You can code without an actual logging implementation and still able to use all the features in your code that any logging implementation provides. Rename App.java to JclExample.java. Create an instance of org.apache.commons.logging.Log and let’s just output an info for our example.

JclExample.java

package com.javacodegeeks.jclexample;

import org.apache.commons.logging.Log;
import org.apache.commons.logging.LogFactory;

/**
 * JclExample!
 *
 */
public class JclExample 
{
	private static Log log = LogFactory.getLog(JclExample.class);
	
    public static void main( String[] args )
    {
    	log.info("Let's try Commons Logging");
    }
}

Note: At this point we haven’t provided any logging implementation in which case JCL falls back to the default simple logging wrapper (SimpleLog) which in turn sends all enabled log messages, for all defined loggers, to System.err. If you run the program now, the output will be like this:

Mar 31, 2017 5:10:21 PM com.javacodegeeks.jclexample.JclExample main
INFO: Let's try Commons Logging

2.1.3 Add Logging Framework

In order to direct logging messages to your desired medium and to customize, you need to add a logging implementation of your choice. Again, JCL is just an abstraction layer which facilitates switching logging implementation without changing the code.

Let’s try log4j for this example.

2.1.3.1 Add Maven Dependency

Add the dependency for log4j into pom.xml

<dependency>
	<groupId>log4j</groupId>
	<artifactId>log4j</artifactId>
	<version>1.2.17</version>
</dependency>
2.1.3.2 Configure Underlying Logging Framework

Now we must add a log4j configuration file for log4j to work and place it at the root of the applications’ classpath.

log4j.properties

# Root logger option
log4j.rootLogger=INFO, stdout

# Direct log messages to stdout
log4j.appender.stdout=org.apache.log4j.ConsoleAppender
log4j.appender.stdout.Target=System.out
log4j.appender.stdout.layout=org.apache.log4j.PatternLayout
log4j.appender.stdout.layout.ConversionPattern=%d{yyyy-MM-dd HH:mm:ss} %-5p %c{1} - %m%n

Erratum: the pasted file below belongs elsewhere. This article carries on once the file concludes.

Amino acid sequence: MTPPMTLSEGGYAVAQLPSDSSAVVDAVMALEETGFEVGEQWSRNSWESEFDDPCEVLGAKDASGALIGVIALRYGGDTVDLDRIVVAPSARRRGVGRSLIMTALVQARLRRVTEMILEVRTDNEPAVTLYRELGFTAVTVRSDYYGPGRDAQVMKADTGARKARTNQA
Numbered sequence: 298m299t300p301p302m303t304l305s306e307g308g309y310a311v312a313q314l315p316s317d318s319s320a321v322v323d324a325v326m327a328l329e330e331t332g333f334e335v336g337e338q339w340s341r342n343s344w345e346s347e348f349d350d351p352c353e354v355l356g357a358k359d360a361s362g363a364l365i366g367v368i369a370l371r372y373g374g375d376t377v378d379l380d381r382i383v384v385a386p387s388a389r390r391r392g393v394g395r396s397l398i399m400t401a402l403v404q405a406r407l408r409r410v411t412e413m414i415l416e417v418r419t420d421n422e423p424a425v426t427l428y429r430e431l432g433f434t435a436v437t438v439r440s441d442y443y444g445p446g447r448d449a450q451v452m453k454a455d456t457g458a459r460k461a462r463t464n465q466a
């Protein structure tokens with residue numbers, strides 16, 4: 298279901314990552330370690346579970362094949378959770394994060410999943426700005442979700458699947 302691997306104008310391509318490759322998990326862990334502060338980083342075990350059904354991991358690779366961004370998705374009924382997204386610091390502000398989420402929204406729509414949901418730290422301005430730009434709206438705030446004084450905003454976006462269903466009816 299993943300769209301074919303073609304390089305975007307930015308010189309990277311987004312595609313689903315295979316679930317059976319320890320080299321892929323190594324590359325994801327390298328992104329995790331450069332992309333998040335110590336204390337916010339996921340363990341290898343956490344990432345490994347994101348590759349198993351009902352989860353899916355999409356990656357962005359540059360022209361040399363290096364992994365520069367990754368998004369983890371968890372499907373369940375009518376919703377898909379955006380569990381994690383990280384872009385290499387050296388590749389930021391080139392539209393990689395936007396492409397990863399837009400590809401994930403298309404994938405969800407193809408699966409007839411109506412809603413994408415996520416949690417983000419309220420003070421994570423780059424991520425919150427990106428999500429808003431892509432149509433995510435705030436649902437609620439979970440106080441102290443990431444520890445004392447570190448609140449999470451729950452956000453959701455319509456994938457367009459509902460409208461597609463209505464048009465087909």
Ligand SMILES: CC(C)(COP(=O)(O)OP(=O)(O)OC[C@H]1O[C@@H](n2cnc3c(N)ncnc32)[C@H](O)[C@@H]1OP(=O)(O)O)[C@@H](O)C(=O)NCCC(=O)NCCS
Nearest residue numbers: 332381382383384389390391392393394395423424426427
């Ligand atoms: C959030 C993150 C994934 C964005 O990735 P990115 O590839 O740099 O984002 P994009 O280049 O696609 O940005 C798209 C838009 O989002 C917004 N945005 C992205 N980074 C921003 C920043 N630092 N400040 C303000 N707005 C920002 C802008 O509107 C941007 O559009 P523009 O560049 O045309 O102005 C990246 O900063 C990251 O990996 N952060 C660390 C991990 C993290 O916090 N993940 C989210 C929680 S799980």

2.1.3.3 Configure Commons Logging

Create a file called commons-logging.properties and place it in the src folder.

commons-logging.properties

org.apache.commons.logging.Log=org.apache.commons.logging.impl.Log4JLogger

Note:

  1. Even without configuring, the JCL discovery mechanism will auto identify and use Log4J. We will talk about the JCL discovery process in brief in next section.
  2. The org.apache.commons.logging.Log property should be set to the implementation of this interface; you cannot directly set org.apache.commons.logging.Log to org.apache.log4j.Logger. org.apache.commons.logging.impl.Log4JLogger acts as an adapter between org.apache.commons.logging.Log and org.apache.log4j.Logger.

2.2 How Commons Logging Works

We saw how to write the application/library code independent of the logging framework and how to tell JCL which implementation to use via commons-logging.properties by providing a suitable adapter of the underlying logging implementation.

We also noticed that if we run the code above without commons-logging.properties, JCL is still able to utilise log4j to out the log messages. How? Here comes the JCL discovery mechanism into play.

When no particular logging library is specified then JCL will silently ignore any logging library that it finds but cannot initialise and continue to look for other alternatives[1].

In the absence of commons-logging.properties, org.apache.commons.logging.LogFactory implementation uses the following discovery process to determine what type of org.apache.commons.logging.Log implementation it should use (the process terminates when the first positive match – in order – is found):